The pair brought Obvious Child to theaters in 2014, and gave the world the "abortion rom-com" it never knew it needed. Though Obvious Child didn't quite set the box office ablaze, the pair delivered a critical hit that put Slate's seemingly bottomless well of comedic and dramatic talent front and center. The film remains Slate's big-screen calling card, and helped establish her as an indie fixture — she's gone on to play roles in a series of low-budget features since, including Robespierre's underrated follow-up, Landline.

She got a little bit Chipwrecked

Not all of Slate's film choices have panned out as well as Obvious Child. While much of her indie work has taken advantage of her crackerjack comedic talent and ability to bring the drama, there's been a big-budget misstep or two along they way — most notably, Slate's appearance in the critically maligned Alvin and the Chipmunks: Chipwrecked. There's nothing wrong with a talented up-and-comer trying to raise their profile by appearing in quality big-budget family-friendly fare, but Chipwrecked — the third film in the recent live-action/CGI iteration of the Alvin and the Chipmunks franchise — is not that movie. Raked over the coals by the pundits, this installment still managed to raise Slate's profile with a demographic that probably hadn't seen a ton of her earlier work: with more than $342 million in worldwide ticket sales, it's proof that all the critical acclaim in the world won't necessarily put butts in seats as easily as a trio of talking chipmunks.

She played Mona-Lisa

Of course, one of Slate's best known roles didn't come on the big screen at all. The spring of 2013 saw her take her talents back to television for a recurring role on NBC's hit comedy series Parks and Recreation, where she played Mona-Lisa Saperstein, the twin sister of series fave Jean-Ralphio Saperstein (Ben Schwartz) and soon-to-be romantic/ex-romantic interest of Aziz Ansari's wannabe player Tom Haverford. Over an uproarious 10-episode arc, Slate made the most of her supporting turn, smarming and sleazing and charming her way through one absurd moment after another, all in service of a character that would've played forgettably one-note in the hands of many actors. Somehow, Slate turned playing Mona-Lisa into an art form, building the character into a surprisingly well-rounded persona, stealing scenes from her incredibly funny castmates every step of the way and turning that one-note role into one of the series' most memorable supporting players.

She was Lena Dunham's favorite frenemy

Scene-stealing turns on Bored to Death and Parks and Rec are hardly Jenny Slate's only memorable small-screen work. In 2012, she returned to HBO for what looked to be a single appearance on the first season of the cable network's hit series Girls. As far as one-off gigs go, Slate's work as Tally Schifrin — a former college nemesis of star Lena Dunham's Hannah — is sort of one for the ages. Slate has just one scene in the episode, but it contains an absolutely brutal yet sly war of words between the strong-willed pair that leaves both battered, bruised, and seemingly none the wiser about where they are in life.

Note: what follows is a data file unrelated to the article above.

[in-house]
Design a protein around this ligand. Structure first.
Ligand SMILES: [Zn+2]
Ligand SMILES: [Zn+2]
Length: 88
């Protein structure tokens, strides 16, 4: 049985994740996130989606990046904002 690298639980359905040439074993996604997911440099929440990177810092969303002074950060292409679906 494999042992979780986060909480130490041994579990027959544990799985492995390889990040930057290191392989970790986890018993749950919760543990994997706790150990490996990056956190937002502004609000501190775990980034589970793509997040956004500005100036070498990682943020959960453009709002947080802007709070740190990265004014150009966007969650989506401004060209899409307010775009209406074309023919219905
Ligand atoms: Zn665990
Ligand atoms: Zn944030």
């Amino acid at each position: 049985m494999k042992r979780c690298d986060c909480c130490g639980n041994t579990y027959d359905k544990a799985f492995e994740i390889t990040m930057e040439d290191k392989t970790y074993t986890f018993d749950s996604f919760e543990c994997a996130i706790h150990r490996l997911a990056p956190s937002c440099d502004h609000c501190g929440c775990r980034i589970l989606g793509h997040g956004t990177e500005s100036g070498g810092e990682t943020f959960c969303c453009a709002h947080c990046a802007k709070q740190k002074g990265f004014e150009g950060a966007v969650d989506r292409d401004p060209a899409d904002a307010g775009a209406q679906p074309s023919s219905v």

Four seasons later, Slate returned to the role — and completely stole the show her second time around. In a shrewd bit of scripting, Tally's return to Girls finds her and Hannah spending the day together, and realizing they have more in common than they thought, including an odd sort of envious respect that stems from very different places. Throughout the episode, Slate's warmth and emotional candor drive the action and help make the episode one of Girls' strongest. In doing so, she also makes Tally one of the show's most unexpectedly memorable characters.

She's been more than a little vocal

While Jenny Slate has made a habit of stealing scenes in supporting roles, she's been the star of the show more often than you'd realize. But don't worry if it isn't Slate's face you recognize in Venom, because you almost certainly recognized her distinctive vocals. She's been one of the more sought-after voices in the entertainment biz of late, breathing life into characters in blockbusters movies like Zootopia, The Secret Life of Pets, and Despicable Me 3 — and her work as Harley Quinn in The Lego Batman Movie remains a standout in her voice acting career. As far as the small screen goes, you've heard Slate in animated fare like Cartoon Network's Adventure Time, Netflix's Big Mouth, the hit Fox series Bob's Burgers, and as Miss Nanny in the recent reboot of Muppet Babies. She's even the star of the online viral sensation Marcel the Shell with Shoes OnOf course, fans of Amazon's live-action series Comrade Detective — which you should absolutely be watching — will recognize Slate as the overdubbed voice of Jane.

After the Venom

Whether Venom launches a franchise or ends up sending Sony's Spider-verse back to the drawing board, it's bound to help raise the profile of the absurdly talented Jenny Slate — and hopefully, the next time she turns up in a blockbuster movie, far fewer people will need to be reminded of all the places they've seen her before. As for what the future holds for Slate, she's still lending her voice to the latest seasons of Bob's Burgers and Big Mouth, and you'll have a chance to see her fall in love in the upcoming romantic drama The Sunlit Night (opposite her Bored to Death co star Zach Galifianakis), and you'll get to hear her voice an ark-bound animal in The Ark and the Aardvark. You'll also hear Slate reprise her role as Mitzy in the animated sequel The Secret Life of Pets 2. After that, the sky truly seems to be the limit for a performer of Jenny Slate's caliber, and we really can't wait to see what she gets into next.